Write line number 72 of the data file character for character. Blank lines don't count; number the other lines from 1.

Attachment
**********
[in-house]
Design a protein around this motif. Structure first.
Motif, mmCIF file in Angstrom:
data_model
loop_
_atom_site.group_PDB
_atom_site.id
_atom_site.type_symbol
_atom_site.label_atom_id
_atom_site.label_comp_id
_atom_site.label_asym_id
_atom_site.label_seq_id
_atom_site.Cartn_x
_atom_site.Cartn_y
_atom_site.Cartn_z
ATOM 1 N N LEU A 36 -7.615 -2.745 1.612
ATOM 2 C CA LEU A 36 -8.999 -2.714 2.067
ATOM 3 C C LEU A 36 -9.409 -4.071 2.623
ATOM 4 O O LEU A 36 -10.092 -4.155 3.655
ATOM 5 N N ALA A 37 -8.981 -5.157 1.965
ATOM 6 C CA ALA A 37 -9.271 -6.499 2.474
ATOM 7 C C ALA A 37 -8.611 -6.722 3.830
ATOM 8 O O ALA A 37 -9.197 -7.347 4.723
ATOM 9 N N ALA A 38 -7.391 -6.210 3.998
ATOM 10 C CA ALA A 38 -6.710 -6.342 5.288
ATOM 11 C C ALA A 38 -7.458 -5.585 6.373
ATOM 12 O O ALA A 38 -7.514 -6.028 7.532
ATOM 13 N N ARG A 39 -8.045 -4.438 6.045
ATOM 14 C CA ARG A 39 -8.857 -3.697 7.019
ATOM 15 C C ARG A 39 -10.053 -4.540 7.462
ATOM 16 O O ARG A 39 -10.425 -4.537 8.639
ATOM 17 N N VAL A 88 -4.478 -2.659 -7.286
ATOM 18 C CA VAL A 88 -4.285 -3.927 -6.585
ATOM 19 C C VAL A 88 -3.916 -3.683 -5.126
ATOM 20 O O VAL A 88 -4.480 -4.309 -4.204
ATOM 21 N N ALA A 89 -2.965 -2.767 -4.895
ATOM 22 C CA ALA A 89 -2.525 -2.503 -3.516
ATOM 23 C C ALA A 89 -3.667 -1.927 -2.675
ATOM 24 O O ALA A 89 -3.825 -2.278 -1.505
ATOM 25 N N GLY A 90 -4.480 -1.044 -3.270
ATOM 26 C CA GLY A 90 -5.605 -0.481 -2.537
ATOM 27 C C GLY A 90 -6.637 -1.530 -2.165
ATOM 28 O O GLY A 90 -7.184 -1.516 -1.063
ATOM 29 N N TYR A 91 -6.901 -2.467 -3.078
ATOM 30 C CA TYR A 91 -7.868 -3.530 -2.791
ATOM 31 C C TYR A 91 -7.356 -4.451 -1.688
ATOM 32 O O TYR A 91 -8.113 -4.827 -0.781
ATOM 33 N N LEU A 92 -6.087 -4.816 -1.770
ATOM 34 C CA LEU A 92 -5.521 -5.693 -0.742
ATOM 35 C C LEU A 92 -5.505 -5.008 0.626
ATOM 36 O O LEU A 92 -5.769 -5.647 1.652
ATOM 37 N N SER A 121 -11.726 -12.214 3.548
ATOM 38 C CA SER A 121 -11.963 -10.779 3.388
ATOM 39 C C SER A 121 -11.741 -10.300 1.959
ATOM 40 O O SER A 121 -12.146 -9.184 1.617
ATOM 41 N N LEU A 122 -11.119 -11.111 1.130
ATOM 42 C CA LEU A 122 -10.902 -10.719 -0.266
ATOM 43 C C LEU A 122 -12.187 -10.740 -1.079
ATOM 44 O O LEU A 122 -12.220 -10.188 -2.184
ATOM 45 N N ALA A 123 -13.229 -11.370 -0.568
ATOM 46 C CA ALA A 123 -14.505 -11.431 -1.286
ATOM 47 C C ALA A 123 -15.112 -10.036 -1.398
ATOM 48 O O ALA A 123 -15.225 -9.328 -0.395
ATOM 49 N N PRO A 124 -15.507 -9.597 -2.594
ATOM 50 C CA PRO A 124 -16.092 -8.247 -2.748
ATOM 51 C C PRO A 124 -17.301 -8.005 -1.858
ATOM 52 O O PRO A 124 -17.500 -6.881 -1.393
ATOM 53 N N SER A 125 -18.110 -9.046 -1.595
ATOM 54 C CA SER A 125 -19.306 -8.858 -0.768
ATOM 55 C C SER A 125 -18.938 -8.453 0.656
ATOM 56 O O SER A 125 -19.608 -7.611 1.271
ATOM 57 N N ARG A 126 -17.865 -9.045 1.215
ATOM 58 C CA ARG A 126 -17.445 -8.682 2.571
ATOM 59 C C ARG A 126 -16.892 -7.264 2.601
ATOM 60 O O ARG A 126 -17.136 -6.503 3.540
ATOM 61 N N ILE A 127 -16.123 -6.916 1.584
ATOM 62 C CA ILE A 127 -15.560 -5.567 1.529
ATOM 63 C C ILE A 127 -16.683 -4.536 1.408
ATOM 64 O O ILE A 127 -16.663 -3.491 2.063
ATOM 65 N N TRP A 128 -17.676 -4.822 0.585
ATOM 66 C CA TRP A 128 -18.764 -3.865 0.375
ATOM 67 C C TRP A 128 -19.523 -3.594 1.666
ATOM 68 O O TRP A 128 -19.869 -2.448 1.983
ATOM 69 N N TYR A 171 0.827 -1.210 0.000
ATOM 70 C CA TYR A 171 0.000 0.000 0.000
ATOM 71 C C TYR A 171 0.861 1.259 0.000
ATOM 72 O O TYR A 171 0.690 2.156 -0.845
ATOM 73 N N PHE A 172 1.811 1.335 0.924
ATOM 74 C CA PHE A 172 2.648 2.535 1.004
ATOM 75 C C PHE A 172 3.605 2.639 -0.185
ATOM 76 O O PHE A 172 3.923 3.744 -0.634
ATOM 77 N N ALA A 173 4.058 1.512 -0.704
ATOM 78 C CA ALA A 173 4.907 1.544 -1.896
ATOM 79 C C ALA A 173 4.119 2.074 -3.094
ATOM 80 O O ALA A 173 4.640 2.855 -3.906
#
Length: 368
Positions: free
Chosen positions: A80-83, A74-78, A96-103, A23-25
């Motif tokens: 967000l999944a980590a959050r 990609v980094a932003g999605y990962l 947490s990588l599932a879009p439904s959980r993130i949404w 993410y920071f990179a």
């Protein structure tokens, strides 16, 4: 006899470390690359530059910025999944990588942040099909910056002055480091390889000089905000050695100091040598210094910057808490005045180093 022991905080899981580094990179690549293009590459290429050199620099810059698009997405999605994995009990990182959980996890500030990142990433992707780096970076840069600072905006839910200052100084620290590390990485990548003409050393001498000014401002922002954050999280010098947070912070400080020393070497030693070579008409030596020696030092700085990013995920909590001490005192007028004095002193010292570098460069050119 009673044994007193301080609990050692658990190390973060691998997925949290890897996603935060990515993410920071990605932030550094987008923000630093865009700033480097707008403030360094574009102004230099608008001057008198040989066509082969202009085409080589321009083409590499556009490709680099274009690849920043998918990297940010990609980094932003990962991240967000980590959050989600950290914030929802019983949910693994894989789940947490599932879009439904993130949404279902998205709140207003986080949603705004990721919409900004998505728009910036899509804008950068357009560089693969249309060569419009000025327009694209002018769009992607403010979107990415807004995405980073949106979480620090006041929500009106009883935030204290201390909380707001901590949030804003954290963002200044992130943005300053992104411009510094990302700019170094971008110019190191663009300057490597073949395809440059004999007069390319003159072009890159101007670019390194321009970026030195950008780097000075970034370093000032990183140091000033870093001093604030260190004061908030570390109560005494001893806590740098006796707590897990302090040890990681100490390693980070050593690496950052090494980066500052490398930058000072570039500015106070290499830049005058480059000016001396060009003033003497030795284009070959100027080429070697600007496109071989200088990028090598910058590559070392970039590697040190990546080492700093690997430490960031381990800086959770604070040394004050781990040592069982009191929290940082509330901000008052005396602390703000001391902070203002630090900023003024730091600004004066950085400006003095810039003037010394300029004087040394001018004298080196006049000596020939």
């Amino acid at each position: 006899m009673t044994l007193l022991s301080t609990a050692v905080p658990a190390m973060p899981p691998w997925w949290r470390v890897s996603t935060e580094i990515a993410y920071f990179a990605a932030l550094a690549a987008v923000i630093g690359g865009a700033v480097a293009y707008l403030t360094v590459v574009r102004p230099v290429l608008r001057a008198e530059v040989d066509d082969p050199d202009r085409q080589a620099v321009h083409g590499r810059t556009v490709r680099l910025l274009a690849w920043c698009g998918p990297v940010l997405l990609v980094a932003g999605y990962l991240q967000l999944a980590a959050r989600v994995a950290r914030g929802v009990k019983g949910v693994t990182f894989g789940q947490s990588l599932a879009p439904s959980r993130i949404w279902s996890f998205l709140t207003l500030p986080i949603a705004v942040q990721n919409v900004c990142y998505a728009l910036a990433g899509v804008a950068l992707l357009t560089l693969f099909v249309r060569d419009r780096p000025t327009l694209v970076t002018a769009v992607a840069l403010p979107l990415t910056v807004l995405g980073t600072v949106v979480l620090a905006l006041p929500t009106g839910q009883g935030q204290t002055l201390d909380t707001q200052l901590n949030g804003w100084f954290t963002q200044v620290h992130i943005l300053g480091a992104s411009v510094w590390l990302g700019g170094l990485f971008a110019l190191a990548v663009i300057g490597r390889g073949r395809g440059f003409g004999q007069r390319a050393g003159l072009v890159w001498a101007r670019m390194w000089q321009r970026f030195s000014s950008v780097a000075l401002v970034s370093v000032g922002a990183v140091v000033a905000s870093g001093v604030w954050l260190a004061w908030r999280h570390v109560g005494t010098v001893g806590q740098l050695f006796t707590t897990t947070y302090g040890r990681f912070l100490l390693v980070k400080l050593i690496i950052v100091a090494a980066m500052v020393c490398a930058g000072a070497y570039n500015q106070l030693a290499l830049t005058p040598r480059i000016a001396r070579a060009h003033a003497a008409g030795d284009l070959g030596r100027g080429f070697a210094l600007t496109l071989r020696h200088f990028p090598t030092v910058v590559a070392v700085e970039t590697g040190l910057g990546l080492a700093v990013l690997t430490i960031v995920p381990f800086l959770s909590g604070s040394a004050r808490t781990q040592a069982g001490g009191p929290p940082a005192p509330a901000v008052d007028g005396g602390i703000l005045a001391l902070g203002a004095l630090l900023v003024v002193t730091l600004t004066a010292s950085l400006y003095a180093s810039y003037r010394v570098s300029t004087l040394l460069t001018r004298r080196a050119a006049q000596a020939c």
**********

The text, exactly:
ATOM 57 N N ARG A 126 -17.865 -9.045 1.215